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Institutional arrangements and life course outcomes: the interrelations between cohabitation, marriage and first birth in Germany and Sweden

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Author Info

  • Pau Baizán

    (Max Planck Institute for Demographic Research, Rostock, Germany)

  • Arnstein Aassve

    (Max Planck Institute for Demographic Research, Rostock, Germany)

  • Francesco C. Billari

    (Max Planck Institute for Demographic Research, Rostock, Germany)

Abstract

We study the link between institutional arrangements and fertility, focusing on how institutions affect the nexus between partnership formation and fertility. We apply simultaneous hazard models to family and fertility survey data for Germany and Sweden. Our results show a significant presence of correlated unobserved factors that affect both partnership formation and the transition to parenthood. We argue that these factors reflect the heterogeneous composition of each population with respect to values and norms. Net of that correlation, the impact of being in a union on first birth is higher in Sweden than in Germany, in particular for cohabitation.

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File URL: http://www.demogr.mpg.de/papers/working/wp-2002-026.pdf
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Bibliographic Info

Paper provided by Max Planck Institute for Demographic Research, Rostock, Germany in its series MPIDR Working Papers with number WP-2002-026.

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Length: 48 pages
Date of creation: Jun 2002
Date of revision:
Handle: RePEc:dem:wpaper:wp-2002-026

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Web page: http://www.demogr.mpg.de/

Related research

Keywords: Germany; Sweden; cohabitation; fertility; marriage;

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References

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  1. Gustafsson, Siv, 1992. "Separate Taxation and Married Women's Labor Supply: A Comparison of West Germany and Sweden," Journal of Population Economics, Springer, vol. 5(1), pages 61-85, February.
  2. Cathal O’Donoghue & Holly Sutherland, 1998. "Accounting for the Family: The treatment of marriage and children in European income tax systems," Innocenti Occasional Papers, Economic Policy Series iopeps98/25, UNICEF Innocenti Research Centre.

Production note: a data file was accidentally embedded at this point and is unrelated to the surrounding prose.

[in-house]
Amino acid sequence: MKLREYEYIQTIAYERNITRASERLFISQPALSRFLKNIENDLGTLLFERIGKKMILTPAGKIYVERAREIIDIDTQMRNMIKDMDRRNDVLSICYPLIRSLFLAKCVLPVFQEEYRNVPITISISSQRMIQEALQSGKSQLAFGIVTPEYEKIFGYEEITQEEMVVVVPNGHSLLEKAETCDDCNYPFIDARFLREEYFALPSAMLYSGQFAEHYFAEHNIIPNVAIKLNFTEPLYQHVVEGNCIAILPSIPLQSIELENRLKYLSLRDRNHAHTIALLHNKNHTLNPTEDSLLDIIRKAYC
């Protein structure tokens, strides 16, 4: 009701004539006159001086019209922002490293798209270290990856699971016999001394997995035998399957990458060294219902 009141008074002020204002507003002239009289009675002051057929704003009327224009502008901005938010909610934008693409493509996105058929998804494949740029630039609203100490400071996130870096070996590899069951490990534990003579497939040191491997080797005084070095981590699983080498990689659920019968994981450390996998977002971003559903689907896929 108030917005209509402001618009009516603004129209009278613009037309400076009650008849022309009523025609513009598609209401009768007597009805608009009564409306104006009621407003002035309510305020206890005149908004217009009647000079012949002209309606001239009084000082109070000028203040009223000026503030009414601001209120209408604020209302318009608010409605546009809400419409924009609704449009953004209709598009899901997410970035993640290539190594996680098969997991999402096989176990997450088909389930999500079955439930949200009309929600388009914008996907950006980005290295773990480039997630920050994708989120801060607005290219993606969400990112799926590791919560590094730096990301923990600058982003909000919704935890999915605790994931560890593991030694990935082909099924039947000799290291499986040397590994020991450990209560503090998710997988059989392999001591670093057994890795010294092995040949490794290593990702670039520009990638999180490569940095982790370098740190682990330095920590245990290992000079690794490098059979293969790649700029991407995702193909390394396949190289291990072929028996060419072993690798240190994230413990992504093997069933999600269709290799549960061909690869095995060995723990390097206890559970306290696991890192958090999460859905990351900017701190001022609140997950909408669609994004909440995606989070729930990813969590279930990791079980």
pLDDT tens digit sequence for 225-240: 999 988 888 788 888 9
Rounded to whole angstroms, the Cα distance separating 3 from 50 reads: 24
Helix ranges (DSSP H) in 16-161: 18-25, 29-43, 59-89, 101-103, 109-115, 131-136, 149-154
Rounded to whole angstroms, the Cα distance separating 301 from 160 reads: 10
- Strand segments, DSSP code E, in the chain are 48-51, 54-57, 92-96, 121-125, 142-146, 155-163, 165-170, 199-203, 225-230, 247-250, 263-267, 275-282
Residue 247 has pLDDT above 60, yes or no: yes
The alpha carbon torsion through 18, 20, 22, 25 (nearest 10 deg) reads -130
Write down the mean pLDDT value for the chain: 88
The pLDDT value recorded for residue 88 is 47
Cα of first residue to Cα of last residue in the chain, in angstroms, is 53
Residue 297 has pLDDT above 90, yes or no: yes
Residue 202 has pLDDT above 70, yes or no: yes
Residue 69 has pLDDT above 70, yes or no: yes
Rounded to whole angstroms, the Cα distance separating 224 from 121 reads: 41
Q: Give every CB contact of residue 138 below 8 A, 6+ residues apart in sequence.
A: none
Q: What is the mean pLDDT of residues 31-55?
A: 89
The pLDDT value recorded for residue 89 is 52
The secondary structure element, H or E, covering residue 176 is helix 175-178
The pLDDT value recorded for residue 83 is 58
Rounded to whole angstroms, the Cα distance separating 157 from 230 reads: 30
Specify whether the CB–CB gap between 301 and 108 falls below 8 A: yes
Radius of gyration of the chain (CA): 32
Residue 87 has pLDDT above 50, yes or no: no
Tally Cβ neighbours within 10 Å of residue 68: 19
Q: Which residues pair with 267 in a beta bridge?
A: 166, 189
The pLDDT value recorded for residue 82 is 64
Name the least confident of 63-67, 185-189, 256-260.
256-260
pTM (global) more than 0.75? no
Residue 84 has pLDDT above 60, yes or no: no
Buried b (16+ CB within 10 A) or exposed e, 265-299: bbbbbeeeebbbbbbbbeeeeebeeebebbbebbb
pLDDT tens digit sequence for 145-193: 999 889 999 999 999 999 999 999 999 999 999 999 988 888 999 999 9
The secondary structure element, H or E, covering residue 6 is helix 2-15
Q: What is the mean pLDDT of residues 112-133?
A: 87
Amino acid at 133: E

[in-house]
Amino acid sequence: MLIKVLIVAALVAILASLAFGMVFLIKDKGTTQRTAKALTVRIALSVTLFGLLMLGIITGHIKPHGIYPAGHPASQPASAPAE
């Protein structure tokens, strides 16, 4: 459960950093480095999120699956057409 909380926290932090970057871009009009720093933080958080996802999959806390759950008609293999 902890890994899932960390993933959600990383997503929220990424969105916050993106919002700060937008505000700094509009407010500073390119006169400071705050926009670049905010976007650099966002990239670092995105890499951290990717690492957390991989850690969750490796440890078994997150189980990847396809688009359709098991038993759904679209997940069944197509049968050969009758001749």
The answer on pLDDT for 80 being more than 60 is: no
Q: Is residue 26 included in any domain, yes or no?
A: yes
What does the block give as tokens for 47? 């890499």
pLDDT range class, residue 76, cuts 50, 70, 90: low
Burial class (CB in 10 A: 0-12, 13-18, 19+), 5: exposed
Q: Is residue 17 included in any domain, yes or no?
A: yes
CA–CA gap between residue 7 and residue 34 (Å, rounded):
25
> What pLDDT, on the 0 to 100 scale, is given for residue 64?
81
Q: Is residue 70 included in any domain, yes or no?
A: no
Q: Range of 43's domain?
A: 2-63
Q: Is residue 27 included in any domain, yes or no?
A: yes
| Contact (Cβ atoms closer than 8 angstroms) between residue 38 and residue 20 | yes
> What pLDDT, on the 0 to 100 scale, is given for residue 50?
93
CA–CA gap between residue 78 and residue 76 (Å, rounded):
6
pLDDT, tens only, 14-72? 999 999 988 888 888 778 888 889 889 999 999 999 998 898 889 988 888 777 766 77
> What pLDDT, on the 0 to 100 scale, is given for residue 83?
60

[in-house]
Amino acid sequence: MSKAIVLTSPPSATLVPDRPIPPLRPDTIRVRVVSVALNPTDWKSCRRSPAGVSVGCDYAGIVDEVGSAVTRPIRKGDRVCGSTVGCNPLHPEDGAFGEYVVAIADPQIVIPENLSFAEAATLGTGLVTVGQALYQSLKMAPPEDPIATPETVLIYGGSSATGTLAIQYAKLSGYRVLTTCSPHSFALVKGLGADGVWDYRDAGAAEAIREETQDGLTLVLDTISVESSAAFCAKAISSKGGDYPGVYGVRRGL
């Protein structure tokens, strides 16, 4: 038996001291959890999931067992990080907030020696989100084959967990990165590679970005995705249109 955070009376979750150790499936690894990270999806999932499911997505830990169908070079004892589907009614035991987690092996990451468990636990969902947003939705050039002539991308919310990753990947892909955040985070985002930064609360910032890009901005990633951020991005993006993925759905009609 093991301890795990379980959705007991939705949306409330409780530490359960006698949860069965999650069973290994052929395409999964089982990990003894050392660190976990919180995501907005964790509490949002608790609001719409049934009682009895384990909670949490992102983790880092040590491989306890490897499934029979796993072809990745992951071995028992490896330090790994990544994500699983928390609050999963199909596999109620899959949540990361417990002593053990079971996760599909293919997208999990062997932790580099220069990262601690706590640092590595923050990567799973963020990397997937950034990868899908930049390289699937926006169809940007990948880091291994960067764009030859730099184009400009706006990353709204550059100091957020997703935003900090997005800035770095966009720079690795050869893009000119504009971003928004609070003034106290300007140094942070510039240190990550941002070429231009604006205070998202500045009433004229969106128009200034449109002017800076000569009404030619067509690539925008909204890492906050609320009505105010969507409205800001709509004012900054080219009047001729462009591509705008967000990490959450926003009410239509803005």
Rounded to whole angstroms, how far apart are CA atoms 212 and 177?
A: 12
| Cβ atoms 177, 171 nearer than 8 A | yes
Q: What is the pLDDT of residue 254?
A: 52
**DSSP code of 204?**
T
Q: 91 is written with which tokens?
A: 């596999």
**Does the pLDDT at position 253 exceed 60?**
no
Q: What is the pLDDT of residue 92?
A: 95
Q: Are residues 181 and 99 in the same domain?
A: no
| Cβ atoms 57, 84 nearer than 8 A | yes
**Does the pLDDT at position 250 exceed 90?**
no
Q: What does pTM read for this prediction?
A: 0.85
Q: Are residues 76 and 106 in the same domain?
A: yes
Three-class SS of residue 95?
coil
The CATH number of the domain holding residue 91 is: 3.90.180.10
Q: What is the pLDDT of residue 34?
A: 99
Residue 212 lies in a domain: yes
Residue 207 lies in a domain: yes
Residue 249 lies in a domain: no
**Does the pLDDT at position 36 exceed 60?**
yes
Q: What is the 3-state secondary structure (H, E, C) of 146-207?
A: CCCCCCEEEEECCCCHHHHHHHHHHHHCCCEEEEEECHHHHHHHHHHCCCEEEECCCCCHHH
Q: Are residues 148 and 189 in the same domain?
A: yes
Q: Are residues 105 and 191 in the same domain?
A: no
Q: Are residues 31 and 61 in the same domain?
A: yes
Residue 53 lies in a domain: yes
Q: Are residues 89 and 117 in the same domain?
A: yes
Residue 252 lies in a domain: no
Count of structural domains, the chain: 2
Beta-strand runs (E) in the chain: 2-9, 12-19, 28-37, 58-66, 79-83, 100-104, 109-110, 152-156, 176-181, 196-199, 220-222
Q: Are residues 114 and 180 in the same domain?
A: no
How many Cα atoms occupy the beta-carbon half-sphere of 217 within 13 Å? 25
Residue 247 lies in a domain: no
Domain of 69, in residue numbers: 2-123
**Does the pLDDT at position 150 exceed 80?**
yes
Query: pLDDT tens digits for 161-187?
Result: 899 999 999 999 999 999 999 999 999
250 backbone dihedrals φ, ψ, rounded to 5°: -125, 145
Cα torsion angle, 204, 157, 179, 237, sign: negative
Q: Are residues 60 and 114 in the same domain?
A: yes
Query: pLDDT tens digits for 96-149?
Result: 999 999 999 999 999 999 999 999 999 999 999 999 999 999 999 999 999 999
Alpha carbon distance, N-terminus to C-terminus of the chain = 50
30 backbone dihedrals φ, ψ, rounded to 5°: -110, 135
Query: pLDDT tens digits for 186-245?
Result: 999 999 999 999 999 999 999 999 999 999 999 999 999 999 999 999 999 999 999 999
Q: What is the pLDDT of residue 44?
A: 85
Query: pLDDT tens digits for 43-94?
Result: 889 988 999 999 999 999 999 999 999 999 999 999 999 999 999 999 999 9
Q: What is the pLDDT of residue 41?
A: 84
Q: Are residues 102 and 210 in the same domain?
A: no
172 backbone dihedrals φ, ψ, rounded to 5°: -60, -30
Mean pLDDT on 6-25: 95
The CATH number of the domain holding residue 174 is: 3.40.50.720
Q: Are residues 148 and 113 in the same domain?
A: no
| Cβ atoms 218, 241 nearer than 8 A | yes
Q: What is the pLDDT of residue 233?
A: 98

3. Keeley, Michael C, 1977. "The Economics of Family Formation," Economic Inquiry, Western Economic Association International, vol. 15(2), pages 238-50, April.
  4. Leslie Whittington, 1992. "Taxes and the Family: The impact of the tax exemption for dependents on marital fertility," Demography, Springer, vol. 29(2), pages 215-226, May.
  5. Pamela Smock & Wendy Manning, 1997. "Cohabiting partners’ economic circumstances and marriage," Demography, Springer, vol. 34(3), pages 331-341, August.
  6. Michael J. Brien & Lee A. Hillard & Linda Waite, . "Cohabitation, Marriage, and Non-Fertility," University of Chicago - Population Research Center 97-5, Chicago - Population Research Center.
  7. Lillard, Lee A., 1993. "Simultaneous equations for hazards : Marriage duration and fertility timing," Journal of Econometrics, Elsevier, vol. 56(1-2), pages 189-217, March.
  8. Pau Baizán Munoz & Arnstein Aassve & Francesco C. Billari, 2001. "Cohabitation, marriage, first birth: the interrelationship of family formation events in Spain," MPIDR Working Papers WP-2001-036, Max Planck Institute for Demographic Research, Rostock, Germany.
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Citations

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Cited by:
  1. Arnstein Aassve & Simon Burgess & Matt Dickson & Carol Propper, 2004. "Employment, Family Union, and Childbearing Decisions in Great Britain," CASE Papers 084, Centre for Analysis of Social Exclusion, LSE.
  2. Hill Kulu, 2003. "Migration and fertility: competing hypotheses re-examined," MPIDR Working Papers WP-2003-035, Max Planck Institute for Demographic Research, Rostock, Germany.
  3. Gunnar Andersson & Ann-Zofie Duvander & Karsten Hank, 2004. "Erwerbsstatus und Familienentwicklung in Schweden aus paarbezogener Perspektive," MPIDR Working Papers WP-2004-006, Max Planck Institute for Demographic Research, Rostock, Germany.
  4. FFF1Francesco NNN1Billari, 2004. "Becoming an Adult in Europe: A Macro(/Micro)-Demographic Perspective," Demographic Research Special Collections, Max Planck Institute for Demographic Research, Rostock, Germany, vol. 3(2), pages 15-44, April.
  5. Hill Kulu, 2004. "Fertility of internal migrants: comparison between Austria and Poland," MPIDR Working Papers WP-2004-022, Max Planck Institute for Demographic Research, Rostock, Germany.
  6. Jean-Marie Le Goff, 2002. "Cohabiting unions in France and West Germany," Demographic Research, Max Planck Institute for Demographic Research, Rostock, Germany, vol. 7(18), pages 593-624, December.

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